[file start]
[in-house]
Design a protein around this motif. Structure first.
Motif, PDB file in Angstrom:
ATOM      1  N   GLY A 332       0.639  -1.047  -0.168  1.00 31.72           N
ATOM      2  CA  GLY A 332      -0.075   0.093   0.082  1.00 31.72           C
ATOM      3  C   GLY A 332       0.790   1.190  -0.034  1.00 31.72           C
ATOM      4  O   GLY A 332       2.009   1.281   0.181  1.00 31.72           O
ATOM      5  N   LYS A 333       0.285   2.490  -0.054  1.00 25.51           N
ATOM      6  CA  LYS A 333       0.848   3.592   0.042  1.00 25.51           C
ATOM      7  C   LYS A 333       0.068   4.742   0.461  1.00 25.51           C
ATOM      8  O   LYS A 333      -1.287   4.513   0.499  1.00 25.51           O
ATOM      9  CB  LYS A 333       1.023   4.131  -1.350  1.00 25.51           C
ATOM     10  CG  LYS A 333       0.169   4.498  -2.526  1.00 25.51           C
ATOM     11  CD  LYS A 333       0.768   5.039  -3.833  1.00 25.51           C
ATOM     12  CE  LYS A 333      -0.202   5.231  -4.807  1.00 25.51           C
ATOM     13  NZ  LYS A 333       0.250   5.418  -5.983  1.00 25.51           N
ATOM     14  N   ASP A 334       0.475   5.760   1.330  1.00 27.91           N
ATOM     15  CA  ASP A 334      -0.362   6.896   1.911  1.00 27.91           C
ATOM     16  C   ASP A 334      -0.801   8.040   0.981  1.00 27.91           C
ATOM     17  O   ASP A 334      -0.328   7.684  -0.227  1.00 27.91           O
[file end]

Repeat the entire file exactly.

[in-house]
Design a protein around this motif. Structure first.
Motif, PDB file in Angstrom:
ATOM      1  N   GLY A 332       0.639  -1.047  -0.168  1.00 31.72           N
ATOM      2  CA  GLY A 332      -0.075   0.093   0.082  1.00 31.72           C
ATOM      3  C   GLY A 332       0.790   1.190  -0.034  1.00 31.72           C
ATOM      4  O   GLY A 332       2.009   1.281   0.181  1.00 31.72           O
ATOM      5  N   LYS A 333       0.285   2.490  -0.054  1.00 25.51           N
ATOM      6  CA  LYS A 333       0.848   3.592   0.042  1.00 25.51           C
ATOM      7  C   LYS A 333       0.068   4.742   0.461  1.00 25.51           C
ATOM      8  O   LYS A 333      -1.287   4.513   0.499  1.00 25.51           O
ATOM      9  CB  LYS A 333       1.023   4.131  -1.350  1.00 25.51           C
ATOM     10  CG  LYS A 333       0.169   4.498  -2.526  1.00 25.51           C
ATOM     11  CD  LYS A 333       0.768   5.039  -3.833  1.00 25.51           C
ATOM     12  CE  LYS A 333      -0.202   5.231  -4.807  1.00 25.51           C
ATOM     13  NZ  LYS A 333       0.250   5.418  -5.983  1.00 25.51           N
ATOM     14  N   ASP A 334       0.475   5.760   1.330  1.00 27.91           N
ATOM     15  CA  ASP A 334      -0.362   6.896   1.911  1.00 27.91           C
ATOM     16  C   ASP A 334      -0.801   8.040   0.981  1.00 27.91           C
ATOM     17  O   ASP A 334      -0.328   7.684  -0.227  1.00 27.91           O